My child doesn't want anything to do with me.
To all adoptees, please help me to understand. I am angry, hurt, and depressed. My child doesn't want anything to do with me. It was an open adoption and the birth mother stopped including me. I accepted that figuring she didn't want to confuse her. Now I realize it was something totally different. My child was fed a pack of lies about me. How do I know? The letter she wrote me was intentionally very hurtful and painful. That was in 02/2010. The facts were twisted and untrue. It's as if the adoptive mom painted me to be an uncaring, compulsive lying monster. I don't know what to do.

I have three other children and this is affecting me terribly. I keep it to myself. I think it's making me ill. I think about her daily. I have been writing her non-stop for over two years now. I received just the one negative reply. I have tears in my eyes now. I have attended counseling for this. It did very little good. I need to accept things and move on. If she really wanted a relationship of any kind with me, she wouldn't let what someone has told her about me stop her. She was open to the idea. Then she just cut me off. All in one week.

I gave her up for adoption when she was three days old. I placed her in her adoptive mother's arms. I feel as if I'm being forced to give her up again. I need to face reality. I gave her up and I will regret it until the day I die. I need to learn how to live with it.

Anything anyone can share on this will be tremendously appreciated.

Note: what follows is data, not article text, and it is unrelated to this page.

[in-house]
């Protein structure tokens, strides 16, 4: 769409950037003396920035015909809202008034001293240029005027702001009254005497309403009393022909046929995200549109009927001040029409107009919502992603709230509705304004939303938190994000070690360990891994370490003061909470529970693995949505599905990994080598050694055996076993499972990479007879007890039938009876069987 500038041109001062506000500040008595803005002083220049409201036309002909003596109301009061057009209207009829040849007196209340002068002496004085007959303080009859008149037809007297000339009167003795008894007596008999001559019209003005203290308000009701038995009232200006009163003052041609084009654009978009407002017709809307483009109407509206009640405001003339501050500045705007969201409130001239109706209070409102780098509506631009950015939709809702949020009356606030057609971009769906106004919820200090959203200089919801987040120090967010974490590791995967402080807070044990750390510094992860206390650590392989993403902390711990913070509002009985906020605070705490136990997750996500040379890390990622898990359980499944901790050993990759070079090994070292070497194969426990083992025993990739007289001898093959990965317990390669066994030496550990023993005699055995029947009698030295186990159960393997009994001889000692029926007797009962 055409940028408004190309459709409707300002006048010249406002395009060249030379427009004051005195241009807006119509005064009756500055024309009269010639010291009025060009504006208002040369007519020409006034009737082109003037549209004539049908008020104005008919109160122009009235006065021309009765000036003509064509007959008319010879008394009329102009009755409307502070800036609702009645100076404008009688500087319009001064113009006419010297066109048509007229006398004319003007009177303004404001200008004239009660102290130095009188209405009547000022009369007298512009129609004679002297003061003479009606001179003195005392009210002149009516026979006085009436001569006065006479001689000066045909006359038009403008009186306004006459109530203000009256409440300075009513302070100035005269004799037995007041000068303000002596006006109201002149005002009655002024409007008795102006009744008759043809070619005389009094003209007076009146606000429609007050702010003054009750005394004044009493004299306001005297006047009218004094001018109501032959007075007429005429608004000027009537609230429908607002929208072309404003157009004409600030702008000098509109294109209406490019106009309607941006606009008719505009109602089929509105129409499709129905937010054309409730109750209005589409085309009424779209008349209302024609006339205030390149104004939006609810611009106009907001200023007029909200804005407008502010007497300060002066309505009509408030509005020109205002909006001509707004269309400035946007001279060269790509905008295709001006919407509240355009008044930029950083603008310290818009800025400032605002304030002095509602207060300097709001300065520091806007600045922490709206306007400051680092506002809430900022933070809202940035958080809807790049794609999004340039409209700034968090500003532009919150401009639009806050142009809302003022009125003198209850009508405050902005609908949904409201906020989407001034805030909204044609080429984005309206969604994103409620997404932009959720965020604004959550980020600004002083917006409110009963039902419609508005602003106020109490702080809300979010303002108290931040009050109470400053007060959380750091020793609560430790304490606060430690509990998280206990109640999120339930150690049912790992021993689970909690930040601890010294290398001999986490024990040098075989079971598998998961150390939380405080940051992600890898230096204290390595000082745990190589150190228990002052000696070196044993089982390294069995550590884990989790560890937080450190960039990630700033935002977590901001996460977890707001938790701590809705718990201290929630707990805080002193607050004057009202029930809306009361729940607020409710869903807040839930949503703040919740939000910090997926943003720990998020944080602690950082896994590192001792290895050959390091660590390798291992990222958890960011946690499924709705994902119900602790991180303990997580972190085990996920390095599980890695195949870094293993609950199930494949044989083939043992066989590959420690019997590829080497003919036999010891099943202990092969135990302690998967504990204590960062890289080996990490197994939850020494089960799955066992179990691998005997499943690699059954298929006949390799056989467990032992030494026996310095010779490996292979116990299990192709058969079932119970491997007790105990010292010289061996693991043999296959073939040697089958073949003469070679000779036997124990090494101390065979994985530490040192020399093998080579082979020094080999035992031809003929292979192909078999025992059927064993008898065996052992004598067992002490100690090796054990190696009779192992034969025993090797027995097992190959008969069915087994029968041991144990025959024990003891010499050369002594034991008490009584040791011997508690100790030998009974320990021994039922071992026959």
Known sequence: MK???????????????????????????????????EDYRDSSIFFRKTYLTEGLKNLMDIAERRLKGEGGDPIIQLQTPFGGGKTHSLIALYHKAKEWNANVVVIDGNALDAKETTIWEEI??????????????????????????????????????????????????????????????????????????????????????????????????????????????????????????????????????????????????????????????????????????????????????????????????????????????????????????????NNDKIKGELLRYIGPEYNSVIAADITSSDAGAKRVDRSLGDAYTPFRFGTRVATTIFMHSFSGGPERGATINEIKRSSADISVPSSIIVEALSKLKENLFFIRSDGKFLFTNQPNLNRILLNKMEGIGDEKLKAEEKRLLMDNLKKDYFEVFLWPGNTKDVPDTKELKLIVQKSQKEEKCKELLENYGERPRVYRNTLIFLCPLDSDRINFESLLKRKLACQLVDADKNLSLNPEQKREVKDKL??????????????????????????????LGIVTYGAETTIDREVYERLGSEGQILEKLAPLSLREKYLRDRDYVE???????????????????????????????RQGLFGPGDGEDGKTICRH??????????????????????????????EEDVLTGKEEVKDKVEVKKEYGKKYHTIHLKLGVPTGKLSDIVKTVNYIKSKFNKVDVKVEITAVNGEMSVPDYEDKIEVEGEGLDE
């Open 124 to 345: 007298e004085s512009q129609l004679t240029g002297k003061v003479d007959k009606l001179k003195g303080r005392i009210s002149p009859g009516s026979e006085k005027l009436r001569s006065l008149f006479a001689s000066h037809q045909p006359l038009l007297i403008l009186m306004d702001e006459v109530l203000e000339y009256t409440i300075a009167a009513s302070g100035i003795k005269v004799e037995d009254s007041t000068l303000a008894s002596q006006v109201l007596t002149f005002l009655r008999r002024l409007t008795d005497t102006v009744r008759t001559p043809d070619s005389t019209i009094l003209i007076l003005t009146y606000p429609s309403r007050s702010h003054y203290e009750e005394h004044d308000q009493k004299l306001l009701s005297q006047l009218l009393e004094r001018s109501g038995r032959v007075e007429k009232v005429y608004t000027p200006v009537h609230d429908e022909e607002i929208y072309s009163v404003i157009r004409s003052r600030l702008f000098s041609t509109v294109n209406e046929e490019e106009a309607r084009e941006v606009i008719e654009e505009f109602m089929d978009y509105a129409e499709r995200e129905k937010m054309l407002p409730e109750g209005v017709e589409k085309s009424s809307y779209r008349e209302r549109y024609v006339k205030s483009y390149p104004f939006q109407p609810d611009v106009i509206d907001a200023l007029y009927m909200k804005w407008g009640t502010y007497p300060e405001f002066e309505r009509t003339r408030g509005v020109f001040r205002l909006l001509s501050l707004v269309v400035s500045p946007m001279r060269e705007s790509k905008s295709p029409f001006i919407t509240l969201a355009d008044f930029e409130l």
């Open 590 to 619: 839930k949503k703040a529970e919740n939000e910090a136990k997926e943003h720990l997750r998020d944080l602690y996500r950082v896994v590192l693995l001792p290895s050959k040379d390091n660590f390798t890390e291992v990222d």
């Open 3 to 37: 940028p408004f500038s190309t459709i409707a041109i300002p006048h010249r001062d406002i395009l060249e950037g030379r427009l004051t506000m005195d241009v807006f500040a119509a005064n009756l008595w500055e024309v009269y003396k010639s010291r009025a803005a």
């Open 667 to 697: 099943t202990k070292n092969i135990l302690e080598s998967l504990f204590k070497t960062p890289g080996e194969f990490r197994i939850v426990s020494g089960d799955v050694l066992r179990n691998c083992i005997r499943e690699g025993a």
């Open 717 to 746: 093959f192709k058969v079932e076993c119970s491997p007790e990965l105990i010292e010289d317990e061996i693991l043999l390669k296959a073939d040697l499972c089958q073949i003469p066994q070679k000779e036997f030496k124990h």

Best regards,
Bleeding Heart
Before I weigh in with my opinion, can you tell us how old your daughter is now? That will help us understand better what you're going through right now.
birthmother1 said...
To all adoptees, please help me to understand. I am angry, hurt, and depressed. My child doesn't want anything to do with me. It was an open adoption and the birth mother stopped including me. I accepted that figuring she didn't want to confuse her. Now I realize it was something totally different. My child was fed a pack of lies about me. How do I know? The letter she wrote me was intentionally very hurtful and painful. That was in 02/2010. The facts were twisted and untrue. It's as if the adoptive mom painted me to be an uncaring, compulsive lying monster. I don't know what to do.

I have three other children and this is affecting me terribly. I keep it to myself. I think it's making me ill. I think about her daily. I have been writing her non-stop for over two years now. I received just the one negative reply. I have tears in my eyes now. I have attended counseling for this. It did very little good. I need to accept things and move on. If she really wanted a relationship of any kind with me, she wouldn't let what someone has told her about me stop her. She was open to the idea. Then she just cut me off. All in one week.

I gave her up for adoption when she was three days old. I placed her in her adoptive mother's arms. I feel as if I'm being forced to give her up again. I need to face reality. I gave her up and I will regret it until the day I die. I need to learn how to live with it.

Anything anyone can share on this will be tremendously appreciated.

Best regards,
Bleeding Heart


All I can say is give it time. This stuff is really very difficult, especially when people haven't been truthful. Patience, patience and more patience.

I'm so sorry.